World Water Day: Edward Keeps Hwange’s Water Pumps Flowing

This World Water Day (March 22), we're focused on the challenges facing communities in Southern Africa - and how bicycles can help.

Southern Africa, which includes several of our program countries, is currently enduring one of the harshest droughts in decades. This crisis underscores the critical importance of accessible water – not just as a resource, but as a fundamental right for all.

In Hwange, Zimbabwe, climate change and global El Nino weather patterns exacerbate conditions in an already dry region. 

We met Edward, a water pump minder, several years ago when we featured him and several others in Hwange’s Mobilized Community. He shared that as a part of his job, he traveled as far as 20 km a day to ensure the pumps were working optimally. With his Buffalo Bicycle, he could more efficiently monitor his community’s water supply.

“My work is important because water is life,” says Edward.

Recently, we reached back out to Edward to hear how the current drought conditions had been affecting him and his community.

He said that people in the area rely on boreholes and water pumps for water, but a lack of rain and dwindling supply mean all must travel farther to access it.

The drought has also impacted the community’s economic stability and income.

“During times of water scarcity, most households curtail horticultural activities for commercial purposes, resulting in lower income,” says Edward. People purchase food from the store, which is more expensive than traditional foods.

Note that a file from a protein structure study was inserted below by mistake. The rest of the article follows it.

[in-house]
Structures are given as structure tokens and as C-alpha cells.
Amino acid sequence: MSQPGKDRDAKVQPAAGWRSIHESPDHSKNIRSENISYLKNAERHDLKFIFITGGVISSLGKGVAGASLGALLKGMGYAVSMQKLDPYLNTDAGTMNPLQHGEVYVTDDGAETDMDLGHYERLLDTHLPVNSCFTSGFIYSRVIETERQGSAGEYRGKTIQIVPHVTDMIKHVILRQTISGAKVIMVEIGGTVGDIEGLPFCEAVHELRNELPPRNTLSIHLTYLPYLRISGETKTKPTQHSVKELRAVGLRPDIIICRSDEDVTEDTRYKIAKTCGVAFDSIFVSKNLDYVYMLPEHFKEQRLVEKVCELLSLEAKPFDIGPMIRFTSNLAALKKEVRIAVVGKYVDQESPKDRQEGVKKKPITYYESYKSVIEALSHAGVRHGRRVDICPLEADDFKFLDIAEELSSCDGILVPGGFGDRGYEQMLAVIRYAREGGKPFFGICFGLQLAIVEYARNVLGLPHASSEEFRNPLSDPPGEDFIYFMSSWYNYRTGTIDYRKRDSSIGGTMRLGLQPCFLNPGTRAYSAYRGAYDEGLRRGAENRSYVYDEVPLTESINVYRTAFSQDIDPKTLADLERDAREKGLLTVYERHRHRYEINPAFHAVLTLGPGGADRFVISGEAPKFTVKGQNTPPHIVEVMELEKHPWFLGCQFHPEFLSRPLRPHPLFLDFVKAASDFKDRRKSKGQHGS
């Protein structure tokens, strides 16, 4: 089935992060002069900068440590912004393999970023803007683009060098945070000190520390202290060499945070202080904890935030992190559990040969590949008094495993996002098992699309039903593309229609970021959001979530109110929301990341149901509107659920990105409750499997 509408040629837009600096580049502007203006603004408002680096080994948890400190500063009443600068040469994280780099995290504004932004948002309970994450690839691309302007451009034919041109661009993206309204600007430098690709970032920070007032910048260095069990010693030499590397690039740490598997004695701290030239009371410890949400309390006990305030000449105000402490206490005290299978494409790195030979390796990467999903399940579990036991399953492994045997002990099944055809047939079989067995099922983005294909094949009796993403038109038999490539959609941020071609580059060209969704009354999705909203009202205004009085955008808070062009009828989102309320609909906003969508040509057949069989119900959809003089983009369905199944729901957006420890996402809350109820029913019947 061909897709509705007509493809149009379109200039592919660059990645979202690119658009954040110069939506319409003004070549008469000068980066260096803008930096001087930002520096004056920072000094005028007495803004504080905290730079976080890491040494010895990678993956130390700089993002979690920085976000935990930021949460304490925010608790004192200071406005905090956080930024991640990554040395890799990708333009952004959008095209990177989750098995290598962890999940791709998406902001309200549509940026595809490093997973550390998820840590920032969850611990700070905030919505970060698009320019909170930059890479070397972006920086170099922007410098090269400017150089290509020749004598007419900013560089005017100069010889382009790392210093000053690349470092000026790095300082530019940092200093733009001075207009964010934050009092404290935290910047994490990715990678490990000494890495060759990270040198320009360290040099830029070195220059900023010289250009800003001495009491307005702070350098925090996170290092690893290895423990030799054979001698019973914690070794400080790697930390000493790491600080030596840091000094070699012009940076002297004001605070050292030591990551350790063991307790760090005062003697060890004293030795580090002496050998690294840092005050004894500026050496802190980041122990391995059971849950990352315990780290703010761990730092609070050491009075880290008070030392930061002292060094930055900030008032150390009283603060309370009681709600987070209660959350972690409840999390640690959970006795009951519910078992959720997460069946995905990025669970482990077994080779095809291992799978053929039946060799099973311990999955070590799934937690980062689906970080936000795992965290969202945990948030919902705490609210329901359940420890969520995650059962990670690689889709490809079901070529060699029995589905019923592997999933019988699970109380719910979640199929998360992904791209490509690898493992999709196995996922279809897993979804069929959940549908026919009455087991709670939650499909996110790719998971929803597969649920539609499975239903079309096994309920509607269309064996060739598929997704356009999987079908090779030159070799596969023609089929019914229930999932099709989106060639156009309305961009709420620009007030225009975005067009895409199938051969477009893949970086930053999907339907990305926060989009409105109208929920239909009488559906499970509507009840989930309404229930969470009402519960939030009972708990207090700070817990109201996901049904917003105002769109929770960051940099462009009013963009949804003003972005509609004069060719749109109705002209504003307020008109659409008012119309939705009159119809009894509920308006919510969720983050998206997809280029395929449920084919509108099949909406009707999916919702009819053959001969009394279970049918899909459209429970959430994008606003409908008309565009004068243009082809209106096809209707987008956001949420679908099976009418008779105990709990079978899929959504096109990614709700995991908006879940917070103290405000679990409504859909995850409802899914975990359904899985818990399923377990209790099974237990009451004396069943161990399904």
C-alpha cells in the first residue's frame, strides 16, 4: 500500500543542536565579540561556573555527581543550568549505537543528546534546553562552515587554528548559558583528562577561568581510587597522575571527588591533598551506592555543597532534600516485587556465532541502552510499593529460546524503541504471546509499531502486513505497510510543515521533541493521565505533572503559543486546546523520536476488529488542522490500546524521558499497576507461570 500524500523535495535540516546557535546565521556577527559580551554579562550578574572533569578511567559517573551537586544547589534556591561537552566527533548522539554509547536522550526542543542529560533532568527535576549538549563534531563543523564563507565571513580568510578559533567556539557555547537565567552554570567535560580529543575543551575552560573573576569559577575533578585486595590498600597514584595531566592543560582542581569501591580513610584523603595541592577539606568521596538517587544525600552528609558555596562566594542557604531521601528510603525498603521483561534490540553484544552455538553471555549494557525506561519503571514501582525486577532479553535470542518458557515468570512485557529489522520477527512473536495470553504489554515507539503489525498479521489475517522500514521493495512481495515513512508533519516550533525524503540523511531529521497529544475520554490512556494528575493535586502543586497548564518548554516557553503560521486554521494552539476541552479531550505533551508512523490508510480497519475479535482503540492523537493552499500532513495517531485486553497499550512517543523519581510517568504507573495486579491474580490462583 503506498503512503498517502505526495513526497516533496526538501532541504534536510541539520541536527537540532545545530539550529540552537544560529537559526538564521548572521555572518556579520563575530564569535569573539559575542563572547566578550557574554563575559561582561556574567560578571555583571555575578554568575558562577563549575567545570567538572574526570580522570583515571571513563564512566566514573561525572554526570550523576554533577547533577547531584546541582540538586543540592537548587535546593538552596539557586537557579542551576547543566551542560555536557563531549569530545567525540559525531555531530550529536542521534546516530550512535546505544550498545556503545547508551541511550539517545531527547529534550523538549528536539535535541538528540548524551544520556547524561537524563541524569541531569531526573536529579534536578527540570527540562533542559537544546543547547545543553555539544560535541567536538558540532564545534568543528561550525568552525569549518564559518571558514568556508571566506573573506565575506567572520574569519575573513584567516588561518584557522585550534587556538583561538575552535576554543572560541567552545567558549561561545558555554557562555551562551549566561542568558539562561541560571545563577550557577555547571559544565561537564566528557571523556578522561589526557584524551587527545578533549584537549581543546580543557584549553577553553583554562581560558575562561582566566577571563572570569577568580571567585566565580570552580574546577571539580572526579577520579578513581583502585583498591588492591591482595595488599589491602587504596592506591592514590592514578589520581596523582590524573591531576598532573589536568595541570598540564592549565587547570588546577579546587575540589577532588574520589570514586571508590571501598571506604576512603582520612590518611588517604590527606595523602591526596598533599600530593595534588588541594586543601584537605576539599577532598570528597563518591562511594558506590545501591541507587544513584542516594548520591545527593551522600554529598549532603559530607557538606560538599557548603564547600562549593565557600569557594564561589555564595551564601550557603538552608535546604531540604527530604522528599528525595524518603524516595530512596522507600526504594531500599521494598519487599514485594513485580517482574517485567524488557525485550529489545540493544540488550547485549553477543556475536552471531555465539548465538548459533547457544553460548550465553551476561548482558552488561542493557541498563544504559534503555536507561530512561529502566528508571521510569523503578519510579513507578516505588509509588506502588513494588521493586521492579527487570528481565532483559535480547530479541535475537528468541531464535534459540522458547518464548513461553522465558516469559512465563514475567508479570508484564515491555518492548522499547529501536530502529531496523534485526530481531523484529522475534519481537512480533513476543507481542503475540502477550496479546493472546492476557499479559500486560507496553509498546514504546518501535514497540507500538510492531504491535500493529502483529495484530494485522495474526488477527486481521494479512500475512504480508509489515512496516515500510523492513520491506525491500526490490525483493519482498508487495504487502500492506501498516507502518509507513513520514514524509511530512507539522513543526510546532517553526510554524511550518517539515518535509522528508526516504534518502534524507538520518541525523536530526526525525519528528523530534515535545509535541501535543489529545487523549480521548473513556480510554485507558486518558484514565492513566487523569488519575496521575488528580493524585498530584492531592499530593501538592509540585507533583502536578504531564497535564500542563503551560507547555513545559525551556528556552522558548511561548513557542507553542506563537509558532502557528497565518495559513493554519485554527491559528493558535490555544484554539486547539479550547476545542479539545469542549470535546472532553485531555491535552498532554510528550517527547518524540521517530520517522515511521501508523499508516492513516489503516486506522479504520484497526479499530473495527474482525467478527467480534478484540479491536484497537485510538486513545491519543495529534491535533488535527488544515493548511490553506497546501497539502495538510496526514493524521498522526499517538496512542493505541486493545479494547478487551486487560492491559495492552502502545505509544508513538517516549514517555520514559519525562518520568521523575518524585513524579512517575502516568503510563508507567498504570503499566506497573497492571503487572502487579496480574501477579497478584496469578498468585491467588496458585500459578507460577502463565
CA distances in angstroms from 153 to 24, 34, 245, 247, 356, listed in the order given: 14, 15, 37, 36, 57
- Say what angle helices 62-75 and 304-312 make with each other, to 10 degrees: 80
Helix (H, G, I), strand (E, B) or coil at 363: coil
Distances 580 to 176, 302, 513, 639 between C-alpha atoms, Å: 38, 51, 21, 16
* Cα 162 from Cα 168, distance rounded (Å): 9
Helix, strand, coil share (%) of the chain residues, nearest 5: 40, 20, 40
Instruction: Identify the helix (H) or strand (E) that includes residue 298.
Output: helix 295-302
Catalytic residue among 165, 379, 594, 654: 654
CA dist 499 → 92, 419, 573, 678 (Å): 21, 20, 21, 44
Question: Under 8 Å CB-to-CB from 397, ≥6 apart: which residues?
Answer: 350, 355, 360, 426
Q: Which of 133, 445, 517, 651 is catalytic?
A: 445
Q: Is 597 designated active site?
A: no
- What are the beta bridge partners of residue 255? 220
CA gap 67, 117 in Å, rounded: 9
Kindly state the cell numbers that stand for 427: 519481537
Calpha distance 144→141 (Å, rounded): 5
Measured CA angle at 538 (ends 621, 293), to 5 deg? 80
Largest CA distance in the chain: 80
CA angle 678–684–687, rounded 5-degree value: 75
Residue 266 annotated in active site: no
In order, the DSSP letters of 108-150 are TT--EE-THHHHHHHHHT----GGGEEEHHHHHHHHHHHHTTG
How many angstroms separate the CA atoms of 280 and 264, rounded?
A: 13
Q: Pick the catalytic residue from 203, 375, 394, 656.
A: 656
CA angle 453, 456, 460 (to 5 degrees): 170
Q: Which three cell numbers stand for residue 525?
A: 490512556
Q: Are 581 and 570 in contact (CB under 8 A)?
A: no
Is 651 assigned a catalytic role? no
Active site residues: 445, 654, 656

Bicycles have become an even more important commodity to support water-gathering for home use, as well as livestock and personal vegetable gardens.

“It has become a source of pride among friends to witness someone carrying water on a bicycle because not everyone can do so,” Edward says. “The adults normally carry 35 to 50 liters of water on their bicycles. Schoolchildren have established the practice of carrying two 5-liter water containers on the handles of their bicycles on their route home from school because schools have greater water access.”

At World Bicycle Relief, we’re committed to providing practical, sustainable solutions to grow access to water. Our bicycles are a lifeline, enabling access to distant water sources—and the eased ability to transport water home.

We’re driven by the belief that mobility is a cornerstone of empowerment. In these challenging times, bicycles are more than a means of transport; they are a vital tool for survival. Providing bicycles to those affected by the drought enables them to fetch water, access markets, and reach essential services – turning hours-long treks into manageable journeys.

Will you help communities like Hwange reach the water they need to survive? Together, we can overcome the barriers of distance and drought, one bicycle at a time.
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